Wanna-be Writers: Here's the Scoop
|Oooooh, So Serious!|
That's really all you need to know, but of course I'm not done.
There are wrong ways, which include being in too much of a hurry and believing that your book is somehow different from the 3500 other books released each day. (Yup, I just read that figure, and while I didn't check it on Snopes, I'd say it's close with the current ease of publishing.)
Still, a lot of what's out there as advice for writers is just silly. Statistics about how many words you write per day don't mean diddly. We're all different, so we work differently. Articles that insist you must maintain a blog or dun your friends and acquaintances with emails each and every month are dumb. Ask yourself who's giving the advice: a company that wants to be your email provider? An author who thinks she's the only person who ever wrote a book? A company that wants to make money from your hopes and dreams? They all have an agenda, so take their advice with that proverbial grain of salt.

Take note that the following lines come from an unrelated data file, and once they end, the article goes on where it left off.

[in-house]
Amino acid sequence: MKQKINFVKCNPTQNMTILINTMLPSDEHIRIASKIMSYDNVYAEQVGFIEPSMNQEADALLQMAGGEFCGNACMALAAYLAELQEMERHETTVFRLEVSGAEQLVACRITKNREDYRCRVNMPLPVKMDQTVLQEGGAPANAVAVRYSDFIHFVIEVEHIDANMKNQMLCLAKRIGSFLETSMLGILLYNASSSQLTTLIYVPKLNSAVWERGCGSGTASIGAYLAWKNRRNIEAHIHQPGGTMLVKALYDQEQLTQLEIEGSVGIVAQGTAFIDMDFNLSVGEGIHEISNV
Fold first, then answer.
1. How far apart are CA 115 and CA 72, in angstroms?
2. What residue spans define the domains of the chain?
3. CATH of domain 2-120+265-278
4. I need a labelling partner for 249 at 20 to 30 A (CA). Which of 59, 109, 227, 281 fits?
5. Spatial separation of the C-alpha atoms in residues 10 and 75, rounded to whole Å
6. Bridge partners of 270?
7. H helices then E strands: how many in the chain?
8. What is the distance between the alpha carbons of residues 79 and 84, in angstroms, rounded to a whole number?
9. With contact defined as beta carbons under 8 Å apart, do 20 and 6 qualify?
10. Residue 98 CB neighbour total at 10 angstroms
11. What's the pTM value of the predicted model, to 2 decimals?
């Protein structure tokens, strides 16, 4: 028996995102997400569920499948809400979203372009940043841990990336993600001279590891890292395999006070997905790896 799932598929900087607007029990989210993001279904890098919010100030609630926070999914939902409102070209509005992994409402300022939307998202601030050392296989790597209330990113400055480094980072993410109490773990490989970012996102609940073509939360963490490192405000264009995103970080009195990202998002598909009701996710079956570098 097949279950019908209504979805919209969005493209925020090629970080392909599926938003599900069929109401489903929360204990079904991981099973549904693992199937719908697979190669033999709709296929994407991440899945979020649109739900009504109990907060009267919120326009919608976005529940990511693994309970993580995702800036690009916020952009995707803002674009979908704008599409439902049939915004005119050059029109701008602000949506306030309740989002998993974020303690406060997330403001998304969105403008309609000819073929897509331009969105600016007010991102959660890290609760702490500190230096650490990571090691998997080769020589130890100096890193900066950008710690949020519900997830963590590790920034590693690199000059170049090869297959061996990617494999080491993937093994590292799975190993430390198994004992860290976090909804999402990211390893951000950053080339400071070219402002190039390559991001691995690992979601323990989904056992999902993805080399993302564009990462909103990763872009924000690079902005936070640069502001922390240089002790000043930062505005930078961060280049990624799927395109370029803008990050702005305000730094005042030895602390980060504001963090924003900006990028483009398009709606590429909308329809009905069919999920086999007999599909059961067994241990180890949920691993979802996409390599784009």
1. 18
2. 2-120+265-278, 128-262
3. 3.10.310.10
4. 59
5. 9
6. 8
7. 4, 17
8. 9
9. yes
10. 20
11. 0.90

I'm going to do a workshop on getting published in Gaylord Nov. 18th, and I try not to have any agenda except sharing what I know. I will never tell you my way is best (in fact, I've changed methods over the last five years as publishing changed). In my workshops I share what I've learned in a decade-plus as a published author. A writer needs to do what works for him or her, and the best way to find that out is to ask yourself what you want from your writing. Enjoyment? Recognition? A career? The workshop starts with a quiz (that you don't have to share with anyone) to help you zero in on what you're aiming for. When you know what the target is, chances of hitting it are a lot better!
|It's a long, unpaved road|
I look forward to talking to wanna-bes about their work, but please understand that I won't read your work and tell you if I think it's publishable. Here's why: My opinion has absolutely no bearing on whether you become rich and famous!